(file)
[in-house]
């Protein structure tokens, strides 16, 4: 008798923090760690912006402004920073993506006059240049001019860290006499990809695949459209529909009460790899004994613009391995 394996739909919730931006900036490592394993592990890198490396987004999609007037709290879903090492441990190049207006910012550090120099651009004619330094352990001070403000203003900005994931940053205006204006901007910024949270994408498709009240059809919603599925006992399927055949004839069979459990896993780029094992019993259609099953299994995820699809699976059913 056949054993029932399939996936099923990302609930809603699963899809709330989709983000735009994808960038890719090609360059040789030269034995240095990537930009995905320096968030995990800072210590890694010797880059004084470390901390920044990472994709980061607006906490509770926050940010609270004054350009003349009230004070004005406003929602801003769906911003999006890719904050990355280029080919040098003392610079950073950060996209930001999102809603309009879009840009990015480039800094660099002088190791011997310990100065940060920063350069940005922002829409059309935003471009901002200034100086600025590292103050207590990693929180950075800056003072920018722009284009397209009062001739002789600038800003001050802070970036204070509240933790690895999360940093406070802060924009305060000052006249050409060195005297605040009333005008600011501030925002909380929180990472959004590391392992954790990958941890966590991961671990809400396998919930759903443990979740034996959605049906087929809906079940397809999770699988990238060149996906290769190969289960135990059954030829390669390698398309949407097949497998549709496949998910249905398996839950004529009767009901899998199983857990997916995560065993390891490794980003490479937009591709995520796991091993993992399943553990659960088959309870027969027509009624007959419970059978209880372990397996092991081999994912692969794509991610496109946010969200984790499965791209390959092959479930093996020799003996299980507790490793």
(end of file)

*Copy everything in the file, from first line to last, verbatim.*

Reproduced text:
[in-house]
């Protein structure tokens, strides 16, 4: 008798923090760690912006402004920073993506006059240049001019860290006499990809695949459209529909009460790899004994613009391995 394996739909919730931006900036490592394993592990890198490396987004999609007037709290879903090492441990190049207006910012550090120099651009004619330094352990001070403000203003900005994931940053205006204006901007910024949270994408498709009240059809919603599925006992399927055949004839069979459990896993780029094992019993259609099953299994995820699809699976059913 056949054993029932399939996936099923990302609930809603699963899809709330989709983000735009994808960038890719090609360059040789030269034995240095990537930009995905320096968030995990800072210590890694010797880059004084470390901390920044990472994709980061607006906490509770926050940010609270004054350009003349009230004070004005406003929602801003769906911003999006890719904050990355280029080919040098003392610079950073950060996209930001999102809603309009879009840009990015480039800094660099002088190791011997310990100065940060920063350069940005922002829409059309935003471009901002200034100086600025590292103050207590990693929180950075800056003072920018722009284009397209009062001739002789600038800003001050802070970036204070509240933790690895999360940093406070802060924009305060000052006249050409060195005297605040009333005008600011501030925002909380929180990472959004590391392992954790990958941890966590991961671990809400396998919930759903443990979740034996959605049906087929809906079940397809999770699988990238060149996906290769190969289960135990059954030829390669390698398309949407097949497998549709496949998910249905398996839950004529009767009901899998199983857990997916995560065993390891490794980003490479937009591709995520796991091993993992399943553990659960088959309870027969027509009624007959419970059978209880372990397996092991081999994912692969794509991610496109946010969200984790499965791209390959092959479930093996020799003996299980507790490793």